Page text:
Cornelius in the Bible was a centurion, a commander in the Italian Regiment of the Roman military. He lived in Caesarea. His story in Acts 10 is important because it was in Cornelius’s household that God publicly opened the doors of the church to the Gentile world. The apostle Peter was present to see it happen, just as he had been a witness to the opening of the doors to the Samaritans (Acts 8) and the Jews (Acts 2).
Despite being a Roman, Cornelius was a worshiper of God, a Jewish proselyte known and respected by the Jewish community (Acts 10:22). Cornelius was a devout man who regularly prayed and gave to charity (verse 2). One afternoon, while Cornelius was praying, he saw a vision of an angel of God, who told him that God had heard his prayers (Acts 10:30–31). The angel told Cornelius to find Peter, who was staying in Joppa at the house of Simon, a tanner (verse 32). Cornelius immediately sent two of his servants and a devout soldier to Joppa to find Peter and bring him back.
Meanwhile, God was preparing Peter’s heart to minister to his coming Gentile visitors. God gave Peter a vision of an assortment of animals, both clean and unclean (Acts 10:11–12). Peter heard a voice saying, “Get up, Peter. Kill and eat” (verse 13). Peter resisted this command, having never eaten non-kosher food before (verse 14), but the voice replied, “Do not call anything impure that God has made clean” (verse 15). This vision was repeated three times, and then Peter heard the Spirit saying that three men were looking for him and that he should go with them without hesitation (verses 19–20). Peter found Cornelius’s two servants and the soldier, and they told Peter of Cornelius’s visitation by an angel and asked him to come and speak to Cornelius (verse 22). Peter invited the men to stay the night, and the next day Peter followed them back to Caesarea (verse 23).
When Peter entered Cornelius’s home, the centurion fell at Peter’s feet in reverence, but Peter lifted him up, saying, “Stand up . . . I am only a man myself” (Acts 10:25–26). Peter then reminded Cornelius that it was against Jewish law for Peter to be associating with Gentiles. However, Peter explained, God had shown him in a vision not to call any person common or unclean. Peter understood that the animals in his vision were symbolic of the Gentiles, to whom God was preparing to give the gospel (Acts 10:28–29). Cornelius then told Peter about the angel who had told him to seek out Peter. Both Peter and Cornelius saw that God had acted to bring them together.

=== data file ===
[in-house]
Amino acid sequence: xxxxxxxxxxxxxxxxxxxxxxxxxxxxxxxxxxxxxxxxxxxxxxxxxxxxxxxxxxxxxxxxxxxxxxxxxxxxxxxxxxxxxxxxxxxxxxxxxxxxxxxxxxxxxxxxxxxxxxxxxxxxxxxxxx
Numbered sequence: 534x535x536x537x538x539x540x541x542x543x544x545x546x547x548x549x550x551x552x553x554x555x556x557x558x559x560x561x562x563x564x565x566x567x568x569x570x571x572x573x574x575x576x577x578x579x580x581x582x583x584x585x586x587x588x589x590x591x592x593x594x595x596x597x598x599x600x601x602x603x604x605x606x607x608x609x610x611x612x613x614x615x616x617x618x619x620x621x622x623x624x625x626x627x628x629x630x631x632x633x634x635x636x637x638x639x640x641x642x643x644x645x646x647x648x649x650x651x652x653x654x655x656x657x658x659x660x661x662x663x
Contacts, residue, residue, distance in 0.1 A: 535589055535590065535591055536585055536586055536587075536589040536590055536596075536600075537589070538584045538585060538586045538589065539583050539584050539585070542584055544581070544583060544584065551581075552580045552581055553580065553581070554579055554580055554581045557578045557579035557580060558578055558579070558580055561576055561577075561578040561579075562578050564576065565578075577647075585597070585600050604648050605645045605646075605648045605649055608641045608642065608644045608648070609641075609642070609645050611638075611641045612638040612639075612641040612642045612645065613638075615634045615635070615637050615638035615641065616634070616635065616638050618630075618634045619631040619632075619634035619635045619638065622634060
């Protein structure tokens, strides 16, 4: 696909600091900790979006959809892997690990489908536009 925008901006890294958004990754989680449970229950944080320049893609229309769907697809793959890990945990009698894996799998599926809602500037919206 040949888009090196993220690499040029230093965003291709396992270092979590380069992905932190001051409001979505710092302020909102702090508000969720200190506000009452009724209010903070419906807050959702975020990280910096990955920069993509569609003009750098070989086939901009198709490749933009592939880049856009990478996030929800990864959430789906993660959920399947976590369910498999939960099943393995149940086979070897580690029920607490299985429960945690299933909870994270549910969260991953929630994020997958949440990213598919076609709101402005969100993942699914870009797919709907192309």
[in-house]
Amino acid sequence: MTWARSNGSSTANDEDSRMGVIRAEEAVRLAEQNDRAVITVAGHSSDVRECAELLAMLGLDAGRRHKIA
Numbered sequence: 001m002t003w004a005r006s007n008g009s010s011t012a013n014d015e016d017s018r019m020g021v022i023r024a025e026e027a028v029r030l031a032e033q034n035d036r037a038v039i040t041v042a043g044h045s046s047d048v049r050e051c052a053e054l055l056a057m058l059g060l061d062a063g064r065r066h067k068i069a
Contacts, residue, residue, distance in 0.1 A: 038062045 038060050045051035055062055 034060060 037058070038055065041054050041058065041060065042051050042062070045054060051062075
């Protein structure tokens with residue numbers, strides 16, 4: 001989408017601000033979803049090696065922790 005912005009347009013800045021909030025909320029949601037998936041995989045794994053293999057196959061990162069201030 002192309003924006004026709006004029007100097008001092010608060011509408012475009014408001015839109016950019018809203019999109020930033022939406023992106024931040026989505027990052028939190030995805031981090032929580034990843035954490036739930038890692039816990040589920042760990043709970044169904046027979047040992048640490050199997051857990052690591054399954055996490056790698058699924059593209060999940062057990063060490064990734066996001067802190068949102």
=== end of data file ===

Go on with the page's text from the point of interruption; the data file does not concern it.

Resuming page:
Peter then said, “I now realize how true it is that God does not show favoritism but accepts from every nation the one who fears him and does what is right” (Acts 10:34–35), and then he preached the gospel to everyone gathered in Cornelius’s house. As Peter was speaking, the Gentiles received the Holy Spirit, as evidenced by speaking in tongues, and were baptized with water (Acts 10:44–48). Peter and the Jews who were with him saw the beginning of something new God was doing: “They have received the Holy Spirit just as we have” (verse 47). The “mini-Pentecost” in Cornelius’s house was proof positive that the gospel was for all people, not just Jews (see Luke 2:10; Matthew 28:19)
In considering the story of Cornelius in the Bible, it is important to note that being religious is not enough to save a person. Cornelius was as devout as they come, and he worshiped the one true God. Yet he still needed to hear the gospel and respond to it positively. That’s why God sent Peter, so that Cornelius could hear of the death and resurrection of Christ, which Peter clearly preached (Acts 10:39–40, 43). It was only after Cornelius and his household received the message about Jesus that they received the Holy Spirit and were born again. The story of Cornelius not only shows the necessity of the gospel but it indicates that God will move heaven and earth to bring the gospel to those who are ready to receive it.